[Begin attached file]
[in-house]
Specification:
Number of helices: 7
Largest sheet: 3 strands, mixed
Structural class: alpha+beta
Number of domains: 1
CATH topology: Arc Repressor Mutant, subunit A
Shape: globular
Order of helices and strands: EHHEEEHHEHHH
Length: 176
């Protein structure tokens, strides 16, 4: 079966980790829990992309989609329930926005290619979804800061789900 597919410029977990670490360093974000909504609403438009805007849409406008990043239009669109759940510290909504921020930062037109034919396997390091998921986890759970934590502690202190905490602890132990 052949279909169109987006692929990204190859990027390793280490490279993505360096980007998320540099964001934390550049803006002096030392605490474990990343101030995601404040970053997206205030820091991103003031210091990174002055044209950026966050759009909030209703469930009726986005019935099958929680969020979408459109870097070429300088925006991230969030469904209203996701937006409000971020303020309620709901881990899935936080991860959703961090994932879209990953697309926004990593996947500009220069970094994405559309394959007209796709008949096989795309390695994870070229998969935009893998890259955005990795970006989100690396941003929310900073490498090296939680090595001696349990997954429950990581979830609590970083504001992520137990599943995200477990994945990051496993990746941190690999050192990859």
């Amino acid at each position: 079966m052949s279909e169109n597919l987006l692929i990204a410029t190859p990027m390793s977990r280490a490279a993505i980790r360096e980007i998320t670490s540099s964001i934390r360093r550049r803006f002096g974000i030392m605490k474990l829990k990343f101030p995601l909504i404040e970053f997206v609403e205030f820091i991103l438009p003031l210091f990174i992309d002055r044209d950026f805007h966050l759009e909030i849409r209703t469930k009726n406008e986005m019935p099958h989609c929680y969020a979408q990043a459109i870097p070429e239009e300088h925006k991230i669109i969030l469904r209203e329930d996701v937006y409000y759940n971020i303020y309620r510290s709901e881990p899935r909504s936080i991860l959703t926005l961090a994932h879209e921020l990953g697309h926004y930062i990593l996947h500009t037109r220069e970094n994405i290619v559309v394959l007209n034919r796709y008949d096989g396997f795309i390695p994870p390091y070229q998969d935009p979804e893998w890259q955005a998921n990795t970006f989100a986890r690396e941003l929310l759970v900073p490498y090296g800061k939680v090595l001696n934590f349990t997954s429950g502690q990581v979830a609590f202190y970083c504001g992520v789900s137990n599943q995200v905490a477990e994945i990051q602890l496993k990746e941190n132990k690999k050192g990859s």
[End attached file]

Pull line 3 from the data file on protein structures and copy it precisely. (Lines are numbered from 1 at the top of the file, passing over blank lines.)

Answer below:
Number of helices: 7